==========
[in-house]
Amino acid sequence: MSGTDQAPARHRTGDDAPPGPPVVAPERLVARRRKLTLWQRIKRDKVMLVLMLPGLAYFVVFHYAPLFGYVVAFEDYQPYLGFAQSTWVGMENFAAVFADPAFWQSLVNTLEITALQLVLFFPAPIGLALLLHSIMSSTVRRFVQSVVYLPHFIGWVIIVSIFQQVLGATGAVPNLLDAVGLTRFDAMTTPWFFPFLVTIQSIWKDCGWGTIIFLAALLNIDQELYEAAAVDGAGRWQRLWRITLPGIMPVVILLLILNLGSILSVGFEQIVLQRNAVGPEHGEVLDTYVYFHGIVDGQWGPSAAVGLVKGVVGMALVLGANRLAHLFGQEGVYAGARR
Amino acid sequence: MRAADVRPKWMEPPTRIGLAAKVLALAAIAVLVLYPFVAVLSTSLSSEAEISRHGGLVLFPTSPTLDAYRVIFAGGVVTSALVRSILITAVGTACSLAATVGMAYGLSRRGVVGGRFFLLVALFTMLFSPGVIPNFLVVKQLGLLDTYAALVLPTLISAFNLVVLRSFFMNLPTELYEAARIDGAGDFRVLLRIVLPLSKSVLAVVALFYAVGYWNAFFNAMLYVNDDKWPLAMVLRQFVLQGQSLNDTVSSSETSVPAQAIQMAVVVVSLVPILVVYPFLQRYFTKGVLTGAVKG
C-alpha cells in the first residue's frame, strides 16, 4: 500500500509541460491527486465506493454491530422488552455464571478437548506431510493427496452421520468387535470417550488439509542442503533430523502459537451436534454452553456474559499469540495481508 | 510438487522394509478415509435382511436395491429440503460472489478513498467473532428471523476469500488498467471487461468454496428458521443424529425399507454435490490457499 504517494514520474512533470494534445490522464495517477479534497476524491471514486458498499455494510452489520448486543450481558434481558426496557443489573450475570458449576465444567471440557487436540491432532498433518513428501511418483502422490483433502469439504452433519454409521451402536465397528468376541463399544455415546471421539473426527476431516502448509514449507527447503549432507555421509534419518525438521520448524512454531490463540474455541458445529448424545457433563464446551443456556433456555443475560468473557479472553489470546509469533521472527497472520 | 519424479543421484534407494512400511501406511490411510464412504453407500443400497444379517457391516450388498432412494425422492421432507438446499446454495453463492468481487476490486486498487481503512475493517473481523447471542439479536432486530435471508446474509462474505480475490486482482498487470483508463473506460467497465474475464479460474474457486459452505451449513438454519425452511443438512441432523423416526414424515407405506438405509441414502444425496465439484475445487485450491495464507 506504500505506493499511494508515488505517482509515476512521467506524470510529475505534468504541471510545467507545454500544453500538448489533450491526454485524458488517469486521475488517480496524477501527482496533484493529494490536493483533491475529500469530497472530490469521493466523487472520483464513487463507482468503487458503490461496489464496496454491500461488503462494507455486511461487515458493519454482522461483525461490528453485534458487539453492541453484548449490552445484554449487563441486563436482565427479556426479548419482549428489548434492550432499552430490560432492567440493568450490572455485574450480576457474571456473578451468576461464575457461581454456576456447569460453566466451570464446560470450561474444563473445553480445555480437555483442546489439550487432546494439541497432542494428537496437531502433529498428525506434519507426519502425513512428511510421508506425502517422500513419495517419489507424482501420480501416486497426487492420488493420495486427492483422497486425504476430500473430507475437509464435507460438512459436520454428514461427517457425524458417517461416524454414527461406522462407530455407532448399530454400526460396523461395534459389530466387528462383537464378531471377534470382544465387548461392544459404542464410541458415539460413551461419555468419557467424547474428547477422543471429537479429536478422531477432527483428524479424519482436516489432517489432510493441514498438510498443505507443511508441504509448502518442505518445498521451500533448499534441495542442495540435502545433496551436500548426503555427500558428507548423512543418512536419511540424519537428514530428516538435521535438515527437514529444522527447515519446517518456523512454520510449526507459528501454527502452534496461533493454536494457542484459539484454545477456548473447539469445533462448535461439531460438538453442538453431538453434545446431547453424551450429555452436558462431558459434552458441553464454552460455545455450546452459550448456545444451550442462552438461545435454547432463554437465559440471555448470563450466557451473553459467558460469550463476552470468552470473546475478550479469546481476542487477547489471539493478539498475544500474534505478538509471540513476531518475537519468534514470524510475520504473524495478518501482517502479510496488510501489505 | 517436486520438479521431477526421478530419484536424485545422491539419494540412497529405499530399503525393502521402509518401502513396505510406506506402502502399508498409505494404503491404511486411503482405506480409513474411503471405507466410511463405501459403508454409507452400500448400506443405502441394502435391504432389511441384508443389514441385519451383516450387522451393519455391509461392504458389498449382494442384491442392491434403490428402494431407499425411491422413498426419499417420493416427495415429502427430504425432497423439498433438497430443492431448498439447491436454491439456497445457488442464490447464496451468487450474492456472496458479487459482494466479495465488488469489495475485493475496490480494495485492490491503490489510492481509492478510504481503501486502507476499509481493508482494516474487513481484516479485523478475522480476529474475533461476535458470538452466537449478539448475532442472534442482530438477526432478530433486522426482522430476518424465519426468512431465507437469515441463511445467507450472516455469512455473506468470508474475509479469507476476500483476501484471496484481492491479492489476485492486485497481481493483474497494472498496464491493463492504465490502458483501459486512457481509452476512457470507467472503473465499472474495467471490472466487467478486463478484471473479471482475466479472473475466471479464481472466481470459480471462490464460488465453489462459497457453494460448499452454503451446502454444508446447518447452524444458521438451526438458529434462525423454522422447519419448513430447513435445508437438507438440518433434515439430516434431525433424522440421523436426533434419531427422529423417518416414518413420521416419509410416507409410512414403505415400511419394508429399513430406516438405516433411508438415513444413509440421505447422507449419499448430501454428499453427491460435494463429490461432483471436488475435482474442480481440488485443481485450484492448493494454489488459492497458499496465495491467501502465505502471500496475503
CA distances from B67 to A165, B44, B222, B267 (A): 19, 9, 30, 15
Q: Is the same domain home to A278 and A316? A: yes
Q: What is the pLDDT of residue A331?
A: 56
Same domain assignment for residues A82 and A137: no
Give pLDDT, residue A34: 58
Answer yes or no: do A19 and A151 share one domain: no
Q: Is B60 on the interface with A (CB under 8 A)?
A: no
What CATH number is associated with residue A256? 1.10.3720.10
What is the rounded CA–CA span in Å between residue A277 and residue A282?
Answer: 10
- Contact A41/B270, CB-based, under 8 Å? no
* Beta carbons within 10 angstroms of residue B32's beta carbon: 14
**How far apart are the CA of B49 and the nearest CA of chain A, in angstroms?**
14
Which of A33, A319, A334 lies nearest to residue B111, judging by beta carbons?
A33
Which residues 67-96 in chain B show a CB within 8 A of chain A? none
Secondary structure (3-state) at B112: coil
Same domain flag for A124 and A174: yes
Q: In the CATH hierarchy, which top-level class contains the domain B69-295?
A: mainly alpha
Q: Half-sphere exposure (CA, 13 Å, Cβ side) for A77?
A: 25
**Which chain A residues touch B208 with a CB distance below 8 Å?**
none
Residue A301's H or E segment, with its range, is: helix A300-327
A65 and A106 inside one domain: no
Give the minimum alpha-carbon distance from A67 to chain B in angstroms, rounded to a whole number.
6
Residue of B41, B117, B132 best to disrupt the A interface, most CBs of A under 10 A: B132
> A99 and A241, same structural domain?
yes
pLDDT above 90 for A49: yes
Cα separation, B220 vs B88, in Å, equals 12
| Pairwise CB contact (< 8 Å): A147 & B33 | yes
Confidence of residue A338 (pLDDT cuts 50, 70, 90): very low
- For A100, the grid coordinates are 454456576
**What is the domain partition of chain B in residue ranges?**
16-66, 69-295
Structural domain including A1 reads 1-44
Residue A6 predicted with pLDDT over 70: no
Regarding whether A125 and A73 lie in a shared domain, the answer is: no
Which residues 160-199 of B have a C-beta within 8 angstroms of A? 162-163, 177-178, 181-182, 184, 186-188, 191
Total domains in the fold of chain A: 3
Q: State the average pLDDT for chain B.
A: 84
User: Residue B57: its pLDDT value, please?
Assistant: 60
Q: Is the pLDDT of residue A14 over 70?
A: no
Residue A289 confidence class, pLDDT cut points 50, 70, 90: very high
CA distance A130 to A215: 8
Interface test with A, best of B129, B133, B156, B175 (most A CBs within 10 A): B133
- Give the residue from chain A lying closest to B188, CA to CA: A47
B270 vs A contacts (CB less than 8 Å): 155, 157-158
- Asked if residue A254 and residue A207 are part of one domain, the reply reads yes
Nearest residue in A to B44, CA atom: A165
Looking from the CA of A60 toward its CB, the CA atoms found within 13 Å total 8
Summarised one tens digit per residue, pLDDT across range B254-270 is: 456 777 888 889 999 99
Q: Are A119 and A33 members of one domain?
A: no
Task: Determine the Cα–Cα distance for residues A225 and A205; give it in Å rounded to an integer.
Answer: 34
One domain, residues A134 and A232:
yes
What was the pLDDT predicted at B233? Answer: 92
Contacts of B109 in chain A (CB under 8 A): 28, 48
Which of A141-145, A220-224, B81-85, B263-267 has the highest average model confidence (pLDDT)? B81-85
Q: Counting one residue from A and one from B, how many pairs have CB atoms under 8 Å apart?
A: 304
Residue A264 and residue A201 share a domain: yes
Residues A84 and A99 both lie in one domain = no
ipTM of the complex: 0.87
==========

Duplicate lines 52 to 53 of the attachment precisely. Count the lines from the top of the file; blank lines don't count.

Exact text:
A: 84
User: Residue B57: its pLDDT value, please?